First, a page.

In a joint Facebook statement on Monday, the hardcore fans of Egyptian clubs announced they would protest outside their clubs to demand security forces are banned from stadiums.
“It’s either us or interior ministry forces in stadiums,” the ultras statement said, suggesting the task of securing games should be handed to private companies.
In a quick response, interior ministry spokesperson Hany Abdel-Latif announced the ministry’s assent to the ultras’ request.
“The interior ministry has the same vision as the ultras groups. We support their demand,” Abdel-Latif said in a radio statement late on Monday.
“This season will be completed behind closed doors and starting from next season the securing of football matches will be handed to private companies.”
Terror suspect arrested in Egypt–found to allegedly have ties with jihadist groups in Syria
ChannelNewsAsia: Egypt arrests Cairo bombing suspect
LongWarJournal: Egypt says suspect in Cairo attack fought in Syria and Libya
In this article: “Egyptian police said they arrested a man Monday suspected of carrying out a deadly bomb attack in the capital Cairo, accusing him of having fought with jihadist groups in Syria.Four blasts targeting the police hit Cairo on January 24, killing six people. An Al-Qaeda-inspired militant group based in the Sinai, Ansar Beit al-Maqdis, claimed the attacks. Police arrested Mohammed Durri Ahmad al-Taliawi, a 35-year-old vendor, on Monday in an apartment in the Nile Delta province of Menufiya, an interior ministry statement said. Taliawi, who was found in possession of firearms, admitted to carrying out one of the bombings, the ministry said. The statement also charged that he “took part in terrorist acts in Syria and Libya” and he was wanted on two charges, one involving members of Morsi’s Muslim Brotherhood, and the other connected to Mohammed al-Zawahiri, brother of Al-Qaeda chief Ayman al-Zawahiri.”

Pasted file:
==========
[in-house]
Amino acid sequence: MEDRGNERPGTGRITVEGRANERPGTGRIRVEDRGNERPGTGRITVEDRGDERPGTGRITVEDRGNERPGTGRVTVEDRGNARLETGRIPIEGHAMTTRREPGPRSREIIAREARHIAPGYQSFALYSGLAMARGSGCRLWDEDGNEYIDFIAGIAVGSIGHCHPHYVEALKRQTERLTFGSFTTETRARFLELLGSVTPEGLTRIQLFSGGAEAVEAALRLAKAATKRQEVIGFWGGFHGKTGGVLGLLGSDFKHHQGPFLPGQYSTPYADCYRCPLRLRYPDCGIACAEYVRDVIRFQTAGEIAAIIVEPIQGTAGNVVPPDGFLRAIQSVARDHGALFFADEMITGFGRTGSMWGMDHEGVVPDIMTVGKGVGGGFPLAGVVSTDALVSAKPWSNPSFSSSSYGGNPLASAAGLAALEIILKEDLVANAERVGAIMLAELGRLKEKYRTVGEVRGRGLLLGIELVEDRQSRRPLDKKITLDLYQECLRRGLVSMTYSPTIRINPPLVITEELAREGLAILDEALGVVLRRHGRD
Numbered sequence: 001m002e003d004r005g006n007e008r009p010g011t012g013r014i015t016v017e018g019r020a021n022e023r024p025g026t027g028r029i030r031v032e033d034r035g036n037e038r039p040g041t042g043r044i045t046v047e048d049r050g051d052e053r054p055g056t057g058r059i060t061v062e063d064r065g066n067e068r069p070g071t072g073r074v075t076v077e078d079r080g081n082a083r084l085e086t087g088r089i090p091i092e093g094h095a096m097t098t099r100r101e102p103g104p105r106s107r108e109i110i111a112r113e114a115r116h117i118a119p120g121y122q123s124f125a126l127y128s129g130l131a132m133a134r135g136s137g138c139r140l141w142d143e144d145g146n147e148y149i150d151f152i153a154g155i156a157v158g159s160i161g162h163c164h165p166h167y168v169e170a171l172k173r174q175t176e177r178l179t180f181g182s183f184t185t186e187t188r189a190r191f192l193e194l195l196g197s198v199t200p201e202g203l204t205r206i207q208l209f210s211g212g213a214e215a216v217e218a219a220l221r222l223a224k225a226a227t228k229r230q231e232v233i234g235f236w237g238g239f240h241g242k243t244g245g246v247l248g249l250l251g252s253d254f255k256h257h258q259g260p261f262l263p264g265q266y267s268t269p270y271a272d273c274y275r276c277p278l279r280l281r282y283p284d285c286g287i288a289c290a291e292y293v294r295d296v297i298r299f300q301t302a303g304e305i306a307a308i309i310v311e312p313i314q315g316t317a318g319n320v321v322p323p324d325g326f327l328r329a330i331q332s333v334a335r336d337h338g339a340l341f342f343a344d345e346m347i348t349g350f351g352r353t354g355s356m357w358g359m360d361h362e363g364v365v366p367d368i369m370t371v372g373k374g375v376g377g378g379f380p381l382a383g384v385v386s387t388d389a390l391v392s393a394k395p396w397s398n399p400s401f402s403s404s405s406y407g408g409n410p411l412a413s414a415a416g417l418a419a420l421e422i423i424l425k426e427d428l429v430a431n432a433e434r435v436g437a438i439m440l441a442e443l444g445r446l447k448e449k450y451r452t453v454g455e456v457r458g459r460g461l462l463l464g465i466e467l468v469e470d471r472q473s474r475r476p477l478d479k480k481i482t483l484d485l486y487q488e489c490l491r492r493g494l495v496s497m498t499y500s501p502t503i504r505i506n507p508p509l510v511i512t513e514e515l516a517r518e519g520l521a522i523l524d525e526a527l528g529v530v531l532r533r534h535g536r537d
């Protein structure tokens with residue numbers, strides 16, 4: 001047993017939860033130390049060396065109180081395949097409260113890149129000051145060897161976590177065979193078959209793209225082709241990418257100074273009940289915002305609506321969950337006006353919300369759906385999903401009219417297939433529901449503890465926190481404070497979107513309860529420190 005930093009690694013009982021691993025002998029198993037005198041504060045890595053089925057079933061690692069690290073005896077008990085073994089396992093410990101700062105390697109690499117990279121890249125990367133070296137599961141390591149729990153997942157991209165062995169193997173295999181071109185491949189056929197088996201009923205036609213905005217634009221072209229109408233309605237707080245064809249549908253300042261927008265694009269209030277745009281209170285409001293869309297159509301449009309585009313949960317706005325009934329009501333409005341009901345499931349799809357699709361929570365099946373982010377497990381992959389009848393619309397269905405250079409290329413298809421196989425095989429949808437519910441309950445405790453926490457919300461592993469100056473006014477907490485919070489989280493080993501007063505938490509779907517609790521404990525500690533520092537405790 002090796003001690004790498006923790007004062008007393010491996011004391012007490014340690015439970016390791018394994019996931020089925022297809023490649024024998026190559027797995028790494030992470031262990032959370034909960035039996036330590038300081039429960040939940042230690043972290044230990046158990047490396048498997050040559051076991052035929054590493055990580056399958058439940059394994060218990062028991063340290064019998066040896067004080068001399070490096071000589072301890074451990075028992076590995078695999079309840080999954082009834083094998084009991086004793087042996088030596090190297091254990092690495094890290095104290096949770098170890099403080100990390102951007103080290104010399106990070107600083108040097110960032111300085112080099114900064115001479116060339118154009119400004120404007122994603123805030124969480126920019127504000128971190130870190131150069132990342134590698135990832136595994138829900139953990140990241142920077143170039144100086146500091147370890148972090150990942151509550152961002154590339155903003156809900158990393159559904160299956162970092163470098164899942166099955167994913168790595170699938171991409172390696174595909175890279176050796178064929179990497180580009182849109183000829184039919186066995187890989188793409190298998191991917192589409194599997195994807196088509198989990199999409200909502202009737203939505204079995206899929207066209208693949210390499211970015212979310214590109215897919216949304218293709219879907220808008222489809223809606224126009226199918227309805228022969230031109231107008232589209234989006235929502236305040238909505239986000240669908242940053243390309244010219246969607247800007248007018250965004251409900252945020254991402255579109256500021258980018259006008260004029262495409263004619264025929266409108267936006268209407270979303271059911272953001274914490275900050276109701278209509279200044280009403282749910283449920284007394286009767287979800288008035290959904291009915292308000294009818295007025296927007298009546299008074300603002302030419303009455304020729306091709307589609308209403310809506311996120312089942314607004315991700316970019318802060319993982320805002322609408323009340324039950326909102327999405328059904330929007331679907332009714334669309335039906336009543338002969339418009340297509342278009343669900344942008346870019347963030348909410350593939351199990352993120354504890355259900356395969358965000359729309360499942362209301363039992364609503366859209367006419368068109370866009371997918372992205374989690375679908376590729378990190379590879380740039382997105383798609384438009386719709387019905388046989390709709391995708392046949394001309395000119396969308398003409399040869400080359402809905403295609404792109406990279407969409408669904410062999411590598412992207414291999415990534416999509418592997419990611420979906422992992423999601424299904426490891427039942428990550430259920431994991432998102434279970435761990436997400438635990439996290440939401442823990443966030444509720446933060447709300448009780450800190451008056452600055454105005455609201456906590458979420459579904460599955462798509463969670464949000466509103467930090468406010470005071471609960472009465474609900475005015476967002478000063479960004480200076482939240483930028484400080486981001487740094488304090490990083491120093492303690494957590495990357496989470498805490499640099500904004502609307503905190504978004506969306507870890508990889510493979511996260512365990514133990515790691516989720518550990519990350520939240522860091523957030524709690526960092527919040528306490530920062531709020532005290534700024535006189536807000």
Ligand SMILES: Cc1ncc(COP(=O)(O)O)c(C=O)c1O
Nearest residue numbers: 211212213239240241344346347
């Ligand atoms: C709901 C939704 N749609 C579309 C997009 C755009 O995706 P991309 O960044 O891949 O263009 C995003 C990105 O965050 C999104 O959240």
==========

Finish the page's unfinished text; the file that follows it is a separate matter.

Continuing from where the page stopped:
Al-Qaeda affiliated ‘terrorist cell’ dismantled, 3 men arrested, 1 at large
In this article: “Egypt’s general prosecution has ordered the referral of what it described as a terrorist cell to criminal court on charges of collaborating with Al Qaeda.
According to a statement by the prosecutor-general released on Monday, the four defendants accused of being members of the cell are Egyptians Amr Mohamed Abulela Aqida, Mohamed Abdel-Halim Hemida and Mohamed Mostafa Mohamed Ibrahim, and Daoud Al-Asady, a Kurd whose nationality was not specified.
The three Egyptians are in detention, while Al-Asady is at large.
They face charges of providing Al Qaeda with information on the Egyptian army and their bases in Sinai, attacking military and police personnel and institutions, jeopardising the safety of the society, and attempting to overthrow the government by force, among others.
The defendants confessed that they formed a terrorist cell in 2013 and planned, but didn’t execute, terrorist attacks against the American and French embassies and their workers, according to the statement.”
Rights & Freedoms
Systematic Imprisonment in Egypt: Hundreds of activists in prison with no sign of trial or a release–Reports of abuse and ill treatment emerging, while advocacy groups fight back
Washington Post: Egyptian authorities detain thousands amid crackdown on dissent
Al Monitor: Egyptian activists on defense in divided Egypt
In this article: “A new movement called Freedom for the Brave, launched to defend detained protesters and demand their release, said in a statement last week that this kind of detention was caused by a “black hole” in the law. “Without identifying a judicial circuit to look into the case, there is no judicial body able to issue a decision to release prisoners, not even the prosecutor-general,” the group said in a statement last week. Abdel-Fattah and Abdel-Rahman are just two of hundreds of people detained in recent months whose detentions have been renewed repeatedly with no sign of a trial or a release.
“The nature of the law is to protect human freedom…remand detention should be an exception in specific cases assigned by law,” Rafaat Fouda, a professor of law at Cairo University told Ahram Online. The cases, according to Fouda, include those where suspects may abscond, where their freedom may affect the ongoing investigation in some way through witnesses or evidence, or those in which suspects do not have fixed and known places of residence in Egypt.”
Hamas hoping to keep good relations with Egypt
In this article: “A leading member of Hamas, which rules the neighbouring Gaza Strip, said his group will not foster animosity with Egypt despite the latter’s official ban on their activities, Al-Ahram’s Arabic news website reported.
Citing evidence of good will, deputy head of the Hamas political bureau Moussa Abu Marzouk said Hamas has not mobilised any fighters against Egypt. He added that the group’s security men stationed on the volatile Egypt-Gaza border had received fire from the Egyptian side without returning it and eventually pulled back.
“We are keen on Egypt’s security because we love Egypt. It’s where we have brothers and neighbours. Palestinians cannot do without it, even if they dispensed with us,” Abu Marzouk wrote on Facebook.”